The Senate, saying their business was done for the legislative session, passed a number of bills to fix the budget deficit this year and the recently-completed fiscal year that ended on June 30, adjourned sine die.
This means the Senators can go home. The state constitution provides that the House would need to stay in session for three days—not including Sundays—to force Senators to come back.
The House Appropriations and Finance Committee passed a feed bill that would fund the Legislature during the special session for three days; the Senate passed their own version.
As for the actual budget, the Senate passed eleven bills, including the bill to fund the special session.
Most of the bills were sponsored by Sen. John Arthur Smith, D-Deming, usually with a member of the other party. Smith is the chair of the Senate Finance Committee.
If all the bills became law, they are projected to generate a little more than $415 million. The projected shortfall is nearly $460 million. This means legislators would have to patch the remaining budget deficit in the legislative session that starts in January.
One of the biggest bills was to show what state entities would see cuts.
And, in fact, there are many agencies in the state that will see budget cuts of five percent of their total funding. And many areas that escape those largest cuts will still see smaller reductions.
A handful of areas, like the protective services of CYFD and the entire Veterans’ Services Department, will see no reductions in spending.
But other areas that usually are safe from drops in spending will see cuts. This includes a 1.5 percent cut to Behavioral Health Services, and a 2.5 percent cut to the Human Services Department (outside of Medicaid spending, including Medicaid behavioral services, which escapes any cuts).
And education itself sees some cuts, including $37.8 million to the State Equalization Guarantee, $25 million to “below-the-line” funding at PED and $33 million in cuts to categorical appropriations.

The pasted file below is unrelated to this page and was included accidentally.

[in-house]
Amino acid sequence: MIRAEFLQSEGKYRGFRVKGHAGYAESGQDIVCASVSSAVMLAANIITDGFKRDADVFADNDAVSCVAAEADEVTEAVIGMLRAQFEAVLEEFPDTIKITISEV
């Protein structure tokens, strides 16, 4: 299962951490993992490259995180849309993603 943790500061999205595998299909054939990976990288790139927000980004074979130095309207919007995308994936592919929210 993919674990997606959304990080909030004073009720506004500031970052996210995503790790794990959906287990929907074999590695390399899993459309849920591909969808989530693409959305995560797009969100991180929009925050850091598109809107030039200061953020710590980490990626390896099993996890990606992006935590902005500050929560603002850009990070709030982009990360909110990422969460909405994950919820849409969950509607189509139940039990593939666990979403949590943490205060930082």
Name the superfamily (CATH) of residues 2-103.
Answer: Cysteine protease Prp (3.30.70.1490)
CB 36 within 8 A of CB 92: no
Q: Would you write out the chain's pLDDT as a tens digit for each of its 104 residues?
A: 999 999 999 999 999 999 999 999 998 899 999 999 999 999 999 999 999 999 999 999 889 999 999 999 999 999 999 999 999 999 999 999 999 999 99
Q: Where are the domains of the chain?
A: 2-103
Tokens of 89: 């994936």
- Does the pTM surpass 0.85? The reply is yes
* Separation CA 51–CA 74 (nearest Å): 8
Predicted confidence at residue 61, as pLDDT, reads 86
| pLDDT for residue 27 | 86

In all, the 2.8 percent reduction in spending will save the state $174.6 million.
In all, public education saw a 3.5 percent cut.
Higher education saw a five percent cut.
When asked why they adjourned without hearing any crime bills, Sanchez told reporters, “Our responsibility was for the budget.”
Sanchez also noted the Senate has done their work and went home without addressing all the priorities of governors before, including Gov. Richardson. In 2007, the Senate adjourned twice.
Senate Minority Leader Stuart Ingle, R-Portales, indirectly mentioned the crime bills when speaking to the Senate shortly before adjourning.
“There are issues I think the public wanted us to consider this session,” he said.
Still, Ingle praised the Senate for working together.
“And that is the most important thing,” he said.
As for what’s next, Sanchez said he’ll be headed home.
“I’ll be knocking doors in the morning,” the Senate Majority Leader said.
Senators, while walking out, joked they would be seeing each other in a few days.
Gov. Susana Martinez’s staff did not seem pleased with the Senate’s actions, judging by Twitter.
Senate passes millions of $$$ in pork projects in just 4 hours (last session) and they can't even vote on crime bills. Unbelievable. #nmleg
— Christopher Sanchez (@chrisanchezzz) October 1, 2016
Senate sine die after not solving a thing & leaving victims' families without justice. They took care of their pork, though. #nmleg
— Nick Piatek (@NJPiatek) October 1, 2016
The Senate also passed seven pieces of legislation that earlier passed the Senate Finance Committee. These were also all related to helping bridge the budget deficit that the state faces.
One, a bill that moved tobacco settlement funds to the general fund to fix the deficit, would close the books on the previous year’s budget, which ended June 30.
The most controversial of these, or at least the one which had the most debate, was on delaying the corporate income tax cuts that were passed in the dying moments of the 2013 session.
The bill would delay the tax cuts for two years.
The arguments against this echoed those in the Finance Committee.
“I do think this does send somewhat of a message,” Senate Minority Leader Stuart Ingle, R-Portales, said, of the state’s attitude toward businesses.
Sen. Clemente Sanchez said he didn’t think the bill would do much to help the budget.
“The corporate tax is going to be minimal,” he said. “I think it’s a feel-good bill. It’s a feel-good bill in an election year and I understand that.”
Senators who supported the bill acknowledged it was difficult, but said it was necessary.
“There’s just no good solution here,” Sen. Jacob Candelaria, D-Albuquerque, said. “Everybody is going to have to hurt.”
The bill eventually passed on a very narrow 21-20 vote.
All of the bills that passed now need the House to pass them and the governor to sign them to become law. Meanwhile, unless the House stays in session until they force the Senate to come back, any House bills will be dead.